Rick's Cosmology Tutorial: Chapter 11 Abstract

Stellar Structure Part 1 - Hydrostatic Equilibrium and the Clayton Model

An amateur's foray into elementary cosmology might charitably be regarded as merely ambitious. In this Chapter, however, we consider the astrophysics of stars. Stars are complicated beasts. Possibly this might go beyond ambition into foolishness. Unfortunately it is absolutely necessary for our purpose to have some understanding of stellar structure. It is only under stellar conditions that the chemical elements are forged which give rise to the possibility of life. This Chapter is the first of a sequence - ending in Chapter 19 - which together derive,

Attention is generally confined to main sequence, hydrogen-burning stars, although Chapter 17 provides a purely descriptive treatment of the development of stars beyond the main sequence. The formation of stars is more difficult, and far less well understood. This is left to later Chapters, if at all. The Hertzsprung-Russell graphic at the bottom of this page may be helpful in illustrating the remarks of the Introduction to this Chapter. It shows the evolution of a solar mass star.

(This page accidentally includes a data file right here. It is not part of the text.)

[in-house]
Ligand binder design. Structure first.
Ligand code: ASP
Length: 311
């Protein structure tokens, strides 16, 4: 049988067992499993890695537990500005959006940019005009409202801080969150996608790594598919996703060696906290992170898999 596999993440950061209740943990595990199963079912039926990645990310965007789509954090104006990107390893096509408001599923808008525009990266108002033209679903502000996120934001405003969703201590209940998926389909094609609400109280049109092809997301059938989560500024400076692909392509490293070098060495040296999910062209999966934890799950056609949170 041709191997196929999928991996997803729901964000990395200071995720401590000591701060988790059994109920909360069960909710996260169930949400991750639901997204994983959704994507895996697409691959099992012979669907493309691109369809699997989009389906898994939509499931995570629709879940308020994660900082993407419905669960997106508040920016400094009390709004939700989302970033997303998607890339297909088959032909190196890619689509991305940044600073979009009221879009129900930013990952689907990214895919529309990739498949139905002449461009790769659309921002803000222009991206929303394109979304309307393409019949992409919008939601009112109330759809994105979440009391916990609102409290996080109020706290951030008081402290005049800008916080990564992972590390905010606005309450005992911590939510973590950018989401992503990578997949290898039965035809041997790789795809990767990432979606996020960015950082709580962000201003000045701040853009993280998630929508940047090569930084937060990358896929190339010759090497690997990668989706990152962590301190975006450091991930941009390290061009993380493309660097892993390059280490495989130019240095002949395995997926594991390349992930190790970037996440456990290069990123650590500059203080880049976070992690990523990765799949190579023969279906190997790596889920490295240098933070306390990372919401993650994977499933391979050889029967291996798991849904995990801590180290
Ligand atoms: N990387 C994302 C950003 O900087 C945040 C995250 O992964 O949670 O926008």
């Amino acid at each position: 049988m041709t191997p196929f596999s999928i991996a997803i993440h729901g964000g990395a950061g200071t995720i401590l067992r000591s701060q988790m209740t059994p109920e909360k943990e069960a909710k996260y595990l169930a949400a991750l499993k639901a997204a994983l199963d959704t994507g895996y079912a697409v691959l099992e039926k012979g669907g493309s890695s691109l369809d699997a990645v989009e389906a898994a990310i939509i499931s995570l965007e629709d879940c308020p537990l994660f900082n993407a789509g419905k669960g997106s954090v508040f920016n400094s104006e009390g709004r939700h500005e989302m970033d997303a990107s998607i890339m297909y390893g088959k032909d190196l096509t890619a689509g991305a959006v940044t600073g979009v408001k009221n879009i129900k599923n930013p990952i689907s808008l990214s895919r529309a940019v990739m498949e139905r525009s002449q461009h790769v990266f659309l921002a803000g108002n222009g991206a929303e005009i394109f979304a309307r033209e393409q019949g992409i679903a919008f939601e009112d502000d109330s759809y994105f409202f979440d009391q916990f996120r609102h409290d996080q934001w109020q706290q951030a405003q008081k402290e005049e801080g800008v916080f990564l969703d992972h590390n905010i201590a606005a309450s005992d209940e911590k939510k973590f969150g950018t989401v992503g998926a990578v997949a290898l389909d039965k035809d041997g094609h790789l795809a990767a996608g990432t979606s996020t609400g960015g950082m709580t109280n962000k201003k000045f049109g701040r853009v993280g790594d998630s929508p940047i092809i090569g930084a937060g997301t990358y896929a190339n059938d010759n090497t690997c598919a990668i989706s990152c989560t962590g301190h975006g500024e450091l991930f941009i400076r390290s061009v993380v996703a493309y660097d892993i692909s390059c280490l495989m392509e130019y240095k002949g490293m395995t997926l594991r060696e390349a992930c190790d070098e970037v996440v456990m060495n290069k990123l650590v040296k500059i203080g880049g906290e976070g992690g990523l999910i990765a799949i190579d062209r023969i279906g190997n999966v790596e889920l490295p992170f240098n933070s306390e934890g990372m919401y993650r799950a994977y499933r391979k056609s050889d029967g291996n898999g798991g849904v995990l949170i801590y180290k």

In this Chapter the most basic requirement for a star, that of hydrostatic equlibrium is discussed and several different, equivalent, equations are derived which impose this condition. The polytropic equation of state for the stellar medium is introduced. The non-linear differential equation (the structure equation) which results from combining hydrostatic equilibrium and polytropic behaviour, is derived but not used further.

Instead, this Chapter follows Clayton in guessing an approximate algebraic form for the density as a function of radius. Imposing hydrostatic equilibrium yields closed-form expressions for the density, pressure and temperature provided that some data are 'given', e.g. the central density.

The Clayton model is only accurate near the centre of the star. However, it has the advantage of showing how the rapid reduction in the pressure, density and temperature away from the centre are virtually inevitable consequences of hydrostatic equlilibrium. This Chapter therefore forms an introduction to the more detailed models of Chapter 18.

Read Chapter 11 (pdf): Stellar Structure: Part 1

Go to Next Chapter Abstract

Go back to Chapter Selection page

Go to Rick's Cosmology FAQ

Go to Rick's Critique of the Cosmic Coincidences

Go back to Rick's Home Page (Main Menu)

Contact me and other links

The Hertzsprung-Russell diagram: Luminosity versus surafce temperature (increasing to the left). The main sequence covers virtually the whole range of possible initial masses. The track off the main sequence, via the red giant stages, is for a star initially of solar mass